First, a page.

Obstructive sleep apnea affects over 18 million people in the United States alone, but only a fraction of those people is treated. While it’s a very common disorder, it’s also potentially fatal since it hinders proper air circulation during sleep, according to the experts from Davissurgicalassociates.com.
What Happens When You Have Obstructive Sleep Apnea
Sleep apnea happens when the tissue in your throat’s back portion collapses and obstructs your airway. This reduces the delivery of oxygen to your organs, which include your brain and heart. Affected individuals typically snore excessively loud and stop breathing for short, but multiple periods while sleeping. This causes them to slightly wake up without them even knowing.
Apart from daytime sleepiness and excessive snoring, obstructive sleep apnea can likewise lead to irritability, headaches, depression, memory loss, impaired focus, and decreased libido. Affected individuals also have increased the risk of heart disease, stroke, and high blood pressure.
How is Obstructive Sleep Apnea Treated?
If you’ve been diagnosed with obstructive sleep apnea, your doctor may recommend one or more of the following treatment options:
- Continuous Positive Airway Pressure or CPAP
- Oral Appliance Therapy: This is recommended for those who don’t respond to CPAP and behavioral therapies.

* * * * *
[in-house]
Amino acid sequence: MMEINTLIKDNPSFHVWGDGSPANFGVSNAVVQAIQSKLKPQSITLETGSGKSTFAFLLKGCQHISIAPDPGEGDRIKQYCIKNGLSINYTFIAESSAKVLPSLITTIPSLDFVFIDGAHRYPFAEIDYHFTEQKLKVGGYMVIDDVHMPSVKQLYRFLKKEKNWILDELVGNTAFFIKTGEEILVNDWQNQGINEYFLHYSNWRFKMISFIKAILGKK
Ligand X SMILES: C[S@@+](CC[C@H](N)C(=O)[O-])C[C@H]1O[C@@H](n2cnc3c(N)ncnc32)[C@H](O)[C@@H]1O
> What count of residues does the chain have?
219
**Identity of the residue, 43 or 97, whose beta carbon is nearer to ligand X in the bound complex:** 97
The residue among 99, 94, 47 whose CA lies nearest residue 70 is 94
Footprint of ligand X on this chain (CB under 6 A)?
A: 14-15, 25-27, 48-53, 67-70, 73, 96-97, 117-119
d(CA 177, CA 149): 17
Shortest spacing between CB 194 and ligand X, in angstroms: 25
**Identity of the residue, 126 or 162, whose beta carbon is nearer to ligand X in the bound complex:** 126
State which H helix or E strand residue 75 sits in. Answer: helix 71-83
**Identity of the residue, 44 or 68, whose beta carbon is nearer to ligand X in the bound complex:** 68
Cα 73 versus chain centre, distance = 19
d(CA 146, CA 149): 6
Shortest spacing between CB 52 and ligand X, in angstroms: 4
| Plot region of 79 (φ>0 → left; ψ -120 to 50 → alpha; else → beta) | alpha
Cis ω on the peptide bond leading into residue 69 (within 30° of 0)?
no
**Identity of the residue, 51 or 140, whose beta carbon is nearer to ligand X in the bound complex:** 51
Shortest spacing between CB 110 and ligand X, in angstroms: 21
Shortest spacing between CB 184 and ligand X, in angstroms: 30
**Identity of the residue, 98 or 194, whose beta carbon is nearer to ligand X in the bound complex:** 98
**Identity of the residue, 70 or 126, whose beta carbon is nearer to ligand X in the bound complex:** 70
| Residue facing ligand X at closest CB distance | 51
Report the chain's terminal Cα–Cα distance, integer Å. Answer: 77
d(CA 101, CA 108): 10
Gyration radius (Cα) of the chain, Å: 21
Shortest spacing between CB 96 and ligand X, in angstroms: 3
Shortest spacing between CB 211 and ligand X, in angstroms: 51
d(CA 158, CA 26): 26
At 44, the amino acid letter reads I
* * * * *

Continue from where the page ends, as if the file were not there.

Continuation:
- Upper Airway Surgical Procedures include:
- Maxillomandibular Advancement involving osteotomy — cutting bone through intraoral incisions.
- AIMO or Anterior Inferior Mandibular Osteotomy which involves an osteotomy of the chin bone for pulling the anterior neck and tongue muscles to stabilize and expand the airway at the back of the tongue.
- Soft Palate Surgery, which includes UPPP or Uvulopalatopharyngoplasty for trimming huge soft palate or Somnoplasty, also known as Radiofrequency Volumetric Tissue Reduction involving the use of energy, waves to decrease your tongue base and soft palate.
- Nasal Surgery such as Septoplasty for aligning deviated septum or Turbinate Reduction for reducing huge polyps or turbinates.
- Weight Loss Reduction Surgeries including Bariatric surgery or liposuction such as Smart Liposuction, which according to a Layton medical professional, aid in reducing the collapse of the airway at the back of the tongue.
- Tracheostomy, which involves an upper airway bypass procedure by making an opening in your windpipe or larynx.
These treatment options may be used in conjunction with other procedures depending on the severity of your condition. You may likewise be recommended to undergo behavioral therapies such as weight loss reduction, tobacco and alcohol avoidance, and changing your sleep positions.